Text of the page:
What next for forgotten man Saido Berahino?

Early in the evening of February 27th 2016 – a crisp and clear winter’s day that was perfect for football – Saido Berahino latched onto a pinpoint Stéphane Sessègnon cross before expertly side-footing a volley straight past Wayne Hennessey in the Crystal Palace goal.

It put West Bromwich Albion 3-0 up with just 31 minutes on the clock, sending the crowd into a frenzy as Berahino lifted his hands to the heavens. It was only his fourth league goal of the campaign, but it would prove to be an important one in the Baggies’ fight for survival.

It would also prove to be the start of an incredible goal drought that has left the 24-year-old looking a shadow of his former self.

You’d be forgiven for forgetting how highly rated Berahino was just a few years ago. A magnificent 20-goal haul across all competitions in the 2014-15 season led to a first call up to the England senior side and a £23m bid from Tottenham Hotspur.

It also resulted in the youngster infamously refusing to play for West Brom after the club denied him a move to north London, starting the beginning of the end of his time at the Hawthorns and a damaging period in self-imposed exile.

That refusal to play saw him limited to 17 starts in the league the following season and, after a troubled opening to the 2016-17 campaign in which he was sent to a training camp in France to work on his fitness, eventually led to his transfer to Stoke City in January 2017.

Berahino himself admitted that the constant speculation surrounding his future had resulted in him losing his way at West Brom, leaving him unfocused, unfit and worryingly depressed. Fans who once adored him for his goalscoring exploits were instead making their anger towards his perceived lack of effort well known. In a dark place, it was inevitable that his performances were going to suffer.

Despite the undoubted talent he possesses, many raised an eyebrow at the £12m, five-and-a-half-year deal that took him to Stoke. It nonetheless offered Berahino the chance for a fresh start; something he desperately needed after a turbulent season and a half at West Brom in which his progress had badly stalled.

Tony Pulis, the manager with whom he had butted heads during his final year with the Baggies, wished him well but said the striker, who had been with the club since the age of 11, needed to “get his act together”.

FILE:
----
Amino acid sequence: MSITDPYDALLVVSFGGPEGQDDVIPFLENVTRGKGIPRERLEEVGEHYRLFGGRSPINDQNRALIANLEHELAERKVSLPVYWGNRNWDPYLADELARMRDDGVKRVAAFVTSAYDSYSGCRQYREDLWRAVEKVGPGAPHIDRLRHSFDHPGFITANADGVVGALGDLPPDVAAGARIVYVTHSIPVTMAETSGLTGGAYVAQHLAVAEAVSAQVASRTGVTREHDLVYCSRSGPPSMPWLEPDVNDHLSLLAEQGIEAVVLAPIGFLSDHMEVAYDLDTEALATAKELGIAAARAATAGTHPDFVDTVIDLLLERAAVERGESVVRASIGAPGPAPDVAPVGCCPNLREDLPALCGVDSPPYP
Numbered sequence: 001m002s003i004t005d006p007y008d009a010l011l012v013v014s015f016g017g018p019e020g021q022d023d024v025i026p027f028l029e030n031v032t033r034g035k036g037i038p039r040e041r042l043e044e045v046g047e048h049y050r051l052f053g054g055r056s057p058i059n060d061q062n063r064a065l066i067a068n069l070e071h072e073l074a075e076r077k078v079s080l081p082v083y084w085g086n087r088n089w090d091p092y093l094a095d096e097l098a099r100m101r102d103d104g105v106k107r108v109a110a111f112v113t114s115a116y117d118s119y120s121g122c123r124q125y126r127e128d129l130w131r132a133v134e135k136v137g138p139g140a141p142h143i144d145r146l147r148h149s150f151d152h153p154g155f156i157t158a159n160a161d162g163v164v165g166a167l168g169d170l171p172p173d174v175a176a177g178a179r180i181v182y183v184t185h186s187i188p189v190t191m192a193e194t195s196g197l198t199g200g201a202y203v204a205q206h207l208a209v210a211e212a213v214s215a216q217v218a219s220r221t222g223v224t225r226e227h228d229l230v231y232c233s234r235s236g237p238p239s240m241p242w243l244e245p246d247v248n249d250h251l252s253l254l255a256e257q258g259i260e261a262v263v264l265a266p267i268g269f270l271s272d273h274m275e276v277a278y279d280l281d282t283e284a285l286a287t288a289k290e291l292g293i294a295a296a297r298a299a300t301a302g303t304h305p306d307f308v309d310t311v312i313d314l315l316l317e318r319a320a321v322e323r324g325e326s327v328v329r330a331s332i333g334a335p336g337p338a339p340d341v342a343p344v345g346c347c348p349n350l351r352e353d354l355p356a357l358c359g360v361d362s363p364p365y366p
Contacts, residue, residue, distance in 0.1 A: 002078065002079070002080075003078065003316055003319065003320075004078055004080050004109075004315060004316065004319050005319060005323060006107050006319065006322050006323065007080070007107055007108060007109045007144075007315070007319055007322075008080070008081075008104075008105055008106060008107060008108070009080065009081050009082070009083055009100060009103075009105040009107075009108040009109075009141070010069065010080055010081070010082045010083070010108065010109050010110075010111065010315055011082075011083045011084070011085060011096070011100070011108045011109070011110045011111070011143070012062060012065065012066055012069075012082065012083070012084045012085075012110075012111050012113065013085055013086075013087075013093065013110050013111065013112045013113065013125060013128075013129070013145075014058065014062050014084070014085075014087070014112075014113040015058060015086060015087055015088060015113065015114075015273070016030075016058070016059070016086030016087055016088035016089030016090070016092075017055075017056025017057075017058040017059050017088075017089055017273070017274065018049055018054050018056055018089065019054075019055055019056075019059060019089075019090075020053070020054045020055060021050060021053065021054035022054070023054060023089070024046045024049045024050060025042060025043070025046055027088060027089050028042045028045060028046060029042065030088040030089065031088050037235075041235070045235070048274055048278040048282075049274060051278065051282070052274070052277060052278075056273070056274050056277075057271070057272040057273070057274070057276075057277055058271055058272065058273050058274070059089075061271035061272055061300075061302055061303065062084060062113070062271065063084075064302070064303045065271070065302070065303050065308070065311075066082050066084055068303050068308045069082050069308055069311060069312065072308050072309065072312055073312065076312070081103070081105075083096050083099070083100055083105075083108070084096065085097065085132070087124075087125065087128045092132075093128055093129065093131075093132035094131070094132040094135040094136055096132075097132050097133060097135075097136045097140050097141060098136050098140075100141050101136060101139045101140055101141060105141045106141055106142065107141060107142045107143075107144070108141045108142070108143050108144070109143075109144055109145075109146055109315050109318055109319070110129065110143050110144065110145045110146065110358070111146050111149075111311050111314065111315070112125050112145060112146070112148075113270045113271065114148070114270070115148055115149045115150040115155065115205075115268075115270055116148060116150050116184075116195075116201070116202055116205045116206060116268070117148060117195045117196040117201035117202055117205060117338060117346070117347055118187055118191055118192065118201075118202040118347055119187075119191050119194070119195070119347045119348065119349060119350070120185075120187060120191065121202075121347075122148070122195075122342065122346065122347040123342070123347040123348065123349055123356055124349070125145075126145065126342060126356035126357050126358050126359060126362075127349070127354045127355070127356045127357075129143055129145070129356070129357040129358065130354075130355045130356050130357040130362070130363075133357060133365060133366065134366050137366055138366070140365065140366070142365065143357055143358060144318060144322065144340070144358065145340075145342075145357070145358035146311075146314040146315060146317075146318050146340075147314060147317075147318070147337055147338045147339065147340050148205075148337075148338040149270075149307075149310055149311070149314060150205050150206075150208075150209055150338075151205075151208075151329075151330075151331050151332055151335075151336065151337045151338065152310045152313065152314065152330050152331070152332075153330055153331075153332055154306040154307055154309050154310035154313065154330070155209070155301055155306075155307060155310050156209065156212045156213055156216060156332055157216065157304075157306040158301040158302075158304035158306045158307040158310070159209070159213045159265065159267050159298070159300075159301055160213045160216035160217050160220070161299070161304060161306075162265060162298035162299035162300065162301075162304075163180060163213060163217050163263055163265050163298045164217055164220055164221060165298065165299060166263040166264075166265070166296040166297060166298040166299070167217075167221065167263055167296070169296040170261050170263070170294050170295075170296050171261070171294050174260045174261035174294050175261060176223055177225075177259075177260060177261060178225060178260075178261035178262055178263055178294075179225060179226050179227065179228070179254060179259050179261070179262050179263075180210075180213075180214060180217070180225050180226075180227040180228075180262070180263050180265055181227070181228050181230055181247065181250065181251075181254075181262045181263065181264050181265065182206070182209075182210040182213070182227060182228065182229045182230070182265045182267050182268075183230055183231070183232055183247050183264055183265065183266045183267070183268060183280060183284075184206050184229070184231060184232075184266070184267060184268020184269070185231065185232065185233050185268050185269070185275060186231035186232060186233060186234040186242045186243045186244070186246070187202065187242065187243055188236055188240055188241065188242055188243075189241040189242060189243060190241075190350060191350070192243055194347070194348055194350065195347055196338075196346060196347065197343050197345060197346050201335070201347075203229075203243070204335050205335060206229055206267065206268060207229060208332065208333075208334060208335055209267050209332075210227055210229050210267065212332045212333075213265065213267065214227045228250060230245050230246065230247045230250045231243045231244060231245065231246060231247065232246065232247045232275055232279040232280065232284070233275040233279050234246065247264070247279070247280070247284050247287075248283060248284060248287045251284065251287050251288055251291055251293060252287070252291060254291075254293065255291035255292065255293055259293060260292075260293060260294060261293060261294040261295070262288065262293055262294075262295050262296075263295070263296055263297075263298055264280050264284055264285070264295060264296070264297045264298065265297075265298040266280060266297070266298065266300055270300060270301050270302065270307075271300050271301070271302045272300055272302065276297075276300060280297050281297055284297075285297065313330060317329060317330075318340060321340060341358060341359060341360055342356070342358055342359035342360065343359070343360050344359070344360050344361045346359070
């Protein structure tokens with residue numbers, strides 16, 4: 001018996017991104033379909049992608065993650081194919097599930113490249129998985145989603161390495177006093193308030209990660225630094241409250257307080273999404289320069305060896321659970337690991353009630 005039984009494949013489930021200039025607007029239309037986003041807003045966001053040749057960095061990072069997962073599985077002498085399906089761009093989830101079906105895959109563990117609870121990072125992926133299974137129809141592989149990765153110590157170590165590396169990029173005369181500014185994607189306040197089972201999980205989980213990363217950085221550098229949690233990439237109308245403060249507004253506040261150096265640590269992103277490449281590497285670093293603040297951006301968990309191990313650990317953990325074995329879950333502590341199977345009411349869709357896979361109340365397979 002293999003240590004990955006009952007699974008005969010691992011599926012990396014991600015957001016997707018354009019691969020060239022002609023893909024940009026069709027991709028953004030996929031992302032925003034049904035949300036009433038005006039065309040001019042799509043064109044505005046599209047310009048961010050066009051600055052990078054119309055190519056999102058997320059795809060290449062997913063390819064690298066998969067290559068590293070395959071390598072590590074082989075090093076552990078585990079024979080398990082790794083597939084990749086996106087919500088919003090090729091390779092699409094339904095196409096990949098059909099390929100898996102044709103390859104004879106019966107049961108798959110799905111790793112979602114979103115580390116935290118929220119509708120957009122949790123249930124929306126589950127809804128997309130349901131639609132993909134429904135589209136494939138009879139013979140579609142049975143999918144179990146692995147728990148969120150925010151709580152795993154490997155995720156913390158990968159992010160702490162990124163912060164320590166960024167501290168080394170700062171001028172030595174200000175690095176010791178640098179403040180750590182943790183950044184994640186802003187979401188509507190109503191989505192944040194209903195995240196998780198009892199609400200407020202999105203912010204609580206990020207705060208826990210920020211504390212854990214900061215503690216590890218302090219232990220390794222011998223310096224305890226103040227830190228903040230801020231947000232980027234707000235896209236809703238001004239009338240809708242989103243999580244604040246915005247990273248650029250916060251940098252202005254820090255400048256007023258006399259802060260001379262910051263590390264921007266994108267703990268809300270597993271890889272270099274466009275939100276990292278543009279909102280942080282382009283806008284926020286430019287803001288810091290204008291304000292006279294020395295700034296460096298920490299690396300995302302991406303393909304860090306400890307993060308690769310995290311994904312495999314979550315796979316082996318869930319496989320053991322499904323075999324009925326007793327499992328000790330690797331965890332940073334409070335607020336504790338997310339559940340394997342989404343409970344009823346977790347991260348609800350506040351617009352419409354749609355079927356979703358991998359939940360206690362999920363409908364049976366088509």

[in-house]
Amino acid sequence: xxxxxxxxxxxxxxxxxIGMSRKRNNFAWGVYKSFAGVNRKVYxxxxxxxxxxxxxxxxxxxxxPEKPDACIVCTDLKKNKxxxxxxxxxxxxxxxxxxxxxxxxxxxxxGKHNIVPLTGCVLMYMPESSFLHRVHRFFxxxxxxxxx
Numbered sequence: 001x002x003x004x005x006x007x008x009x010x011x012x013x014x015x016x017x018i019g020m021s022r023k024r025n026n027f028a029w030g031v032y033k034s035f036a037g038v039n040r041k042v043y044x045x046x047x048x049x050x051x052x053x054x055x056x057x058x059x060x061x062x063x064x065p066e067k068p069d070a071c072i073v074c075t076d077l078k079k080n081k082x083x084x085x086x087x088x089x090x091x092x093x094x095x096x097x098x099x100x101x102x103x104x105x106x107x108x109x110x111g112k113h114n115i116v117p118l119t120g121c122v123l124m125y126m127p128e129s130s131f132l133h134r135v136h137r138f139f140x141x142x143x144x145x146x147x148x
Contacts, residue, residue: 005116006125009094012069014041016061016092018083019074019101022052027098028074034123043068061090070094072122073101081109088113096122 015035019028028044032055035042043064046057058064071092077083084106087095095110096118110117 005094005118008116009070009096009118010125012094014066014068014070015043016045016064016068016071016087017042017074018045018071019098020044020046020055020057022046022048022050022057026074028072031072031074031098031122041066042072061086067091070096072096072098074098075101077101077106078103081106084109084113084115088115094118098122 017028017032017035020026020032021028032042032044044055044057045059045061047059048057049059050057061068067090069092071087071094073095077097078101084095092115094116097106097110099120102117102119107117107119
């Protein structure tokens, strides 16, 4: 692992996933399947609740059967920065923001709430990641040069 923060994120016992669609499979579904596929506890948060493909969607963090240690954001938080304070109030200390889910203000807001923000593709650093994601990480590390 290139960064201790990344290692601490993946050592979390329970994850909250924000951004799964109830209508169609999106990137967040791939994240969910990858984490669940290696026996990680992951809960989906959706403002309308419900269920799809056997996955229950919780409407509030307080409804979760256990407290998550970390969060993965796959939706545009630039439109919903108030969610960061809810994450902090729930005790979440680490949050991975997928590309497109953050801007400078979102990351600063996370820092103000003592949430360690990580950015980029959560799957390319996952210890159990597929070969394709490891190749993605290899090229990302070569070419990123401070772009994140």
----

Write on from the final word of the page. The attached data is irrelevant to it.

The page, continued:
Berahino himself thanked Stoke for having faith in him, admitting that he had some regrets over how he had handled himself at West Brom during a difficult situation that had left him “very lost”.

If his move to the bet365 Stadium was meant to represent a chance to get his career back on track, it’s proved to be anything but. Almost 15 months since he joined Stoke, Berahino is yet to find the back of the net, and a severe lack of playing time has resulted in a nightmare situation showing no signs of ending any time soon.

Concerns with poor performances in training sessions, lateness and a general lack of effort has left him on the fringes of the action, limiting him to just three Premier League starts this season and 15 largely bit part appearances. The man who was once dubbed England’s next goalscoring sensation now finds himself behind 18-year-old Tyrese Campbell in the Potters’ pecking order.

Paul Lambert, brought in to replace previous manager Mark Hughes in January, has said that all Berahino needs is a bit more confidence and game time to get him going again, but it’s clear that all is not well between the two.

The striker has been handed chances to impress with the U23s over the past few weeks but has now been banished from the senior side after turning up late for a youth game against Aston Villa on Easter Monday. It resulted in him failing to make the substitutes’ bench for Stoke’s clash against Tottenham last weekend and has increased speculation that he may be sold in the summer.

A miserable and damaging period in Staffordshire has only made things worse for Berahino, who, at 24, should be in the prime of his career but instead looks off the pace and totally bereft of confidence.

Far from the energetic youngster who wowed with dazzling attacking displays three seasons ago, he is now not even good enough for one of the Premier League’s main strugglers.

No Stoke fan would ever say that relegation could be good for their club, but it certainly may prove to be advantageous for Berahino. Whether or not he stays with the Potters, a spell in the Championship now seems crucial for the striker.

With so few games under his belt, he desperately needs to spend as much time on the pitch as possible, and a difficult few years has left him requiring to take a step back if he’s ever to hit the heights many feel he’s capable of.

He’s unlikely to be handed a regular starting spot in a Premier League side any time soon, but a spell in the second tier offers him a chance to focus his mind and rediscover his scoring boots.

If he doesn’t soon show at least glimpses of the talent that was on display in that magnificent 2014-15 season, it’s difficult to see any way back for the man who once kept Harry Kane out of the England U21s.

The Author

Ben Cullimore

Freelance journalist and long-suffering non-league fan.

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